At a very basic level, Chinese painters during this time “…favored small formats and more lyrical treatments;” by this time, the combination of painting and poetry was commonplace (“Southern Song”). A prime example of landscapes during this time is Ma Yuan’s On a Mountain Path in Spring. Notice the single perspective: this depiction is an isolated viewpoint, not an “Angle of Totality.” In addition, there are clear elements of quietness, but also a very powerful reflection on the feeling of loss, distance, and fragmentation. Most of the right side of this piece is blank, possibly implying that the figure himself feels incomplete, with his own people separated by political divisions, some ruled by non-Hans.
The feelings of separation, loneliness, and sorrow brought forth by the poetry of Su Shi before the Southern Song era only became stronger after the division of the Chinese populace. Nonetheless, nature still took the center in many poems, though it provides no relief from the remorse and isolation of the empire’s fragmentation.
Li Qingzhao (c.1084-1151), a noted female poet, experienced great hardships as a result of the political shifts between the Northern and Southern Song. She prosed:
Blossoms drift and water flows where it will,
but my heart is still sick,
split between this place and where you are.
I can’t kill this desire.
Even when my eyebrows relax,
my heart flares up again.
(qtd. In Barnstone and Ping 266).
Perhaps one of the single most direct examples comes from Lu You (1125-1210), a military man and official noted for his dislike of Song bureaucracy and strong yearning for a Chinese reunification. On his deathbed, prosed to his sons:
I know the world’s ten thousand things end in emptiness after death,
and yet I still grieve the splintering of the Nine States of China.
When the royal troops regain the heartland in the north,
don’t forget to tell your old man when you perform rituals for the dead.
(qtd. In Barnstone and Ping 272).
The Southern Song’s Influence on Tiehua
While it might be hard to see the influences of the Southern Song landscape on tiehua, close analysis and contextualization establish a firm connection.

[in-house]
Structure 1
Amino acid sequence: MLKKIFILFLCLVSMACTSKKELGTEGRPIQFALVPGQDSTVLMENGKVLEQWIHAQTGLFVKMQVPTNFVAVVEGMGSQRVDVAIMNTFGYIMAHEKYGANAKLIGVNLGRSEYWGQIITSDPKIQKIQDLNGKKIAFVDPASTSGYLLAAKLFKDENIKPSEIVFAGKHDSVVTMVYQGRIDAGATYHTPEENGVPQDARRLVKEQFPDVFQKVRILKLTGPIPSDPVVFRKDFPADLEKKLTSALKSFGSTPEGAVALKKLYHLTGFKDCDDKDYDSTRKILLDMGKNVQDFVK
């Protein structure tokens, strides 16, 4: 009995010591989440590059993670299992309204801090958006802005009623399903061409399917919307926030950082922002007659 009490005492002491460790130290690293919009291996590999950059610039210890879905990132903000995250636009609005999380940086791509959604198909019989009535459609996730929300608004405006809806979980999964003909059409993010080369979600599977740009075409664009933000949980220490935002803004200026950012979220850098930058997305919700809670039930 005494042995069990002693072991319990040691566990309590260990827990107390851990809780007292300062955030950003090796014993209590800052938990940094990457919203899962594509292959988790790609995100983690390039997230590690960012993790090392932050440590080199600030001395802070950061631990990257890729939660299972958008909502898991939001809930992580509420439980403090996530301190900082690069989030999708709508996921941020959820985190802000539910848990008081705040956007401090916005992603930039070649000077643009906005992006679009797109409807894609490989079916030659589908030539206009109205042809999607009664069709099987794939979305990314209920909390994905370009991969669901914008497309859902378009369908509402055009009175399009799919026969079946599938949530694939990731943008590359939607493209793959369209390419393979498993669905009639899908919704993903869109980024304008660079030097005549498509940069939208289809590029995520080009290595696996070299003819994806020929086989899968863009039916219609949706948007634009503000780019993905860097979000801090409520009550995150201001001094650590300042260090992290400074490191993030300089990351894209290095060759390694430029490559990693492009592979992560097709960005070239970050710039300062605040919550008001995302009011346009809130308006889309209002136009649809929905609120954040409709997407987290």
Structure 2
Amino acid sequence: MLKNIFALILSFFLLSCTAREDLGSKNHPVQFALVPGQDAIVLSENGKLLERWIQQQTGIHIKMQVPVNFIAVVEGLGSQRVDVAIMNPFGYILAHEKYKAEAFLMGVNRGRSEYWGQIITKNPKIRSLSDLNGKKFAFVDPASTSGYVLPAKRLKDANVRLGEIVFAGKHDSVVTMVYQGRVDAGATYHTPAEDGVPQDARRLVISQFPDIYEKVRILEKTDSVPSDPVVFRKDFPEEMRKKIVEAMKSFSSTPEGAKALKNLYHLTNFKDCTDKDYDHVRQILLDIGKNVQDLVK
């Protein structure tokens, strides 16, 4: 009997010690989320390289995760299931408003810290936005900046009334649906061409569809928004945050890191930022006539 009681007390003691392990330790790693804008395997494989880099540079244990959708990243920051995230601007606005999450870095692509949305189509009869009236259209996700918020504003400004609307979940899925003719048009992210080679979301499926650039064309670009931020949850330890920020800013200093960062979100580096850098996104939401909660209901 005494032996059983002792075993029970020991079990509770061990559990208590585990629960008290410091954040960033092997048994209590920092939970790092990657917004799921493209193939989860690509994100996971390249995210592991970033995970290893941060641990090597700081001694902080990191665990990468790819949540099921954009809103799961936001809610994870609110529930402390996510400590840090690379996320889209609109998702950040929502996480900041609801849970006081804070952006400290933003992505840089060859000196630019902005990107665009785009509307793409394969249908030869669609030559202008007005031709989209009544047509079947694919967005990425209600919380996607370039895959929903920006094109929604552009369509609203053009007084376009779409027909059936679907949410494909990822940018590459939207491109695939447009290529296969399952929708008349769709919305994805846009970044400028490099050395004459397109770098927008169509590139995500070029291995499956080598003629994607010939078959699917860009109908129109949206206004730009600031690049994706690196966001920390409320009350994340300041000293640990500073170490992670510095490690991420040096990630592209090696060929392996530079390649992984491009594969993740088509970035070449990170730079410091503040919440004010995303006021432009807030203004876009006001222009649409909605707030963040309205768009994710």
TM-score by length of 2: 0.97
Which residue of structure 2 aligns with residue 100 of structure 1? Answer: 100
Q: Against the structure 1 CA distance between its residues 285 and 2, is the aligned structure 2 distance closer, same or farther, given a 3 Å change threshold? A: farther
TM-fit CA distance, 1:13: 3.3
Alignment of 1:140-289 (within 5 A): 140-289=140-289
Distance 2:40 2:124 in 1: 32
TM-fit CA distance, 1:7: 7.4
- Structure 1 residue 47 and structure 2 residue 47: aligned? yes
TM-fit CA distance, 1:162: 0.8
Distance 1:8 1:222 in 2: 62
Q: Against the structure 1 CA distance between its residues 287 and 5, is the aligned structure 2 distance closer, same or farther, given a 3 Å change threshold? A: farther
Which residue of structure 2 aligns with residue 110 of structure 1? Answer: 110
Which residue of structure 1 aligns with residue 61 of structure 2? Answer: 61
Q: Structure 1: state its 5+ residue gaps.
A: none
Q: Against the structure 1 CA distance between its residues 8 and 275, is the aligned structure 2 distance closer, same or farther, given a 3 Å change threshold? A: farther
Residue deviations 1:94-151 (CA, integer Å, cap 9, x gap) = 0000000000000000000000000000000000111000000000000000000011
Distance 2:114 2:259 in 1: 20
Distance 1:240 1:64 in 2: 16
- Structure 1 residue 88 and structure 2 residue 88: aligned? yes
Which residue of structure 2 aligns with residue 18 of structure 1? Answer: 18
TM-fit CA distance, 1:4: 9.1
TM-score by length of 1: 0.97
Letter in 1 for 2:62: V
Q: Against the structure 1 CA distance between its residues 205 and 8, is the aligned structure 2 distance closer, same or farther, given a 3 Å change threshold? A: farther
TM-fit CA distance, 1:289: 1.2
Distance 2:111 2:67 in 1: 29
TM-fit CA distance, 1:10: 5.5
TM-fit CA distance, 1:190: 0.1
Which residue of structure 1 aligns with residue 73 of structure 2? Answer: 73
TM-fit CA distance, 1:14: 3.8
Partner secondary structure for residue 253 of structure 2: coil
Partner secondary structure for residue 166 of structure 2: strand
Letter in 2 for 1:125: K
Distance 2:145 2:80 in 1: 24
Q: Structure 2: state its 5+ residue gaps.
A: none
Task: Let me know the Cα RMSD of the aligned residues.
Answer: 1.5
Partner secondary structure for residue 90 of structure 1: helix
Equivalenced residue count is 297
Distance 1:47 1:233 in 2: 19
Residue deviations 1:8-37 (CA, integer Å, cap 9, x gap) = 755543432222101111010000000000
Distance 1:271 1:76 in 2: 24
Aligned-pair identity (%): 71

A very important factor to consider here is that the Qing dynasty was ruled by Manchus, not Han Chinese. This major factor created a similar foundation of hegemonic foreign rule that so heavily influenced artwork during Southern Song times. Moreover, there was a widespread desire among literati to preserve traditional Han Chinese culture with yet another loss of their country, which caused “…a period of extraordinary energy and creativity in the history of Chinese thought” (Idema, Li, and Widmer 8). In attempting to resist the new non-Han dynasty, the Chinese literati mobilized themselves to keep alive their tradition as much as possible, resulting in more creative energy than before.
A final major factor to consider is that it was highly dishonorable to serve both dynasties, as many Han literati felt marginalized by the new leadership, thus they were stuck with an existential question: to become a “remnant subject,” i.e. a Ming subject who remains in society, but separate from the new dynasty, or to retreat to the Chinese countryside and like an eremitic life (Idema, Li, and Widmer 7). While all literati looked deep into Chinese history like never before, others decided to do their best to retreat to it. At any rate, the Song Dynasty provided a perfect example when reflecting on the foreign Manchu’s rule: In literature, for example, as asserted by Idema, Li, and Widmer, “The favored historical analogy, however, was the fall of the Song dynasty, probably because both of its debacles involved foreign conquests” (40). Thus, among other eras of Chinese history, the literati looked back to the Song Dynasty, a prosperous time that had already influenced art, poetry, calligraphy, and thought before deeper looking into it.
With this backdrop, during the prosperous Kangxi Period no less, Tang Peng resisted the constraints of blacksmithing and created tiehua. An excellent example of Southern Song influences is seen in Tang Peng’s pictured work. This piece conforms to a traditional “river and mountains” theme and clearly exhibits the distant mountains seen in many Song dynasty works. Note the very empty background and foreground with limited detail. This reflects the type of fragmentation and incompleteness felt by so many during both the Southern Song dynasty and early Qing dynasty. An interesting detail is the trees—they easily remind one of those by Guo Xi—a Northern Song literati, though an individual who helped form eventual Southern Song work.
The Anchor Book of Chinese Poetry, edited by Tony Barnstone and Chou Ping. New York: Anchor Books, 2005.
Ebrey, Patricia B. “Southern Song Landscape Painting.” The University of Washington. Web. June 7, 2016.
Ebrey, Patricia B. “Northern Song Landscape Painting.” The University of Washington. Web. June 7, 2015.
Trauma and Transcendence in Early Qing Literature, edited by Wilt L. Idema, Wai-yee Li, and Ellen Widmer. Cambridge, MA: Harvard University Press, 2006.
“The Song Dynasty in China.” Asia for Educators. The Weatherhead East Asian Institute at Columbia University. Web. May 25, 2016.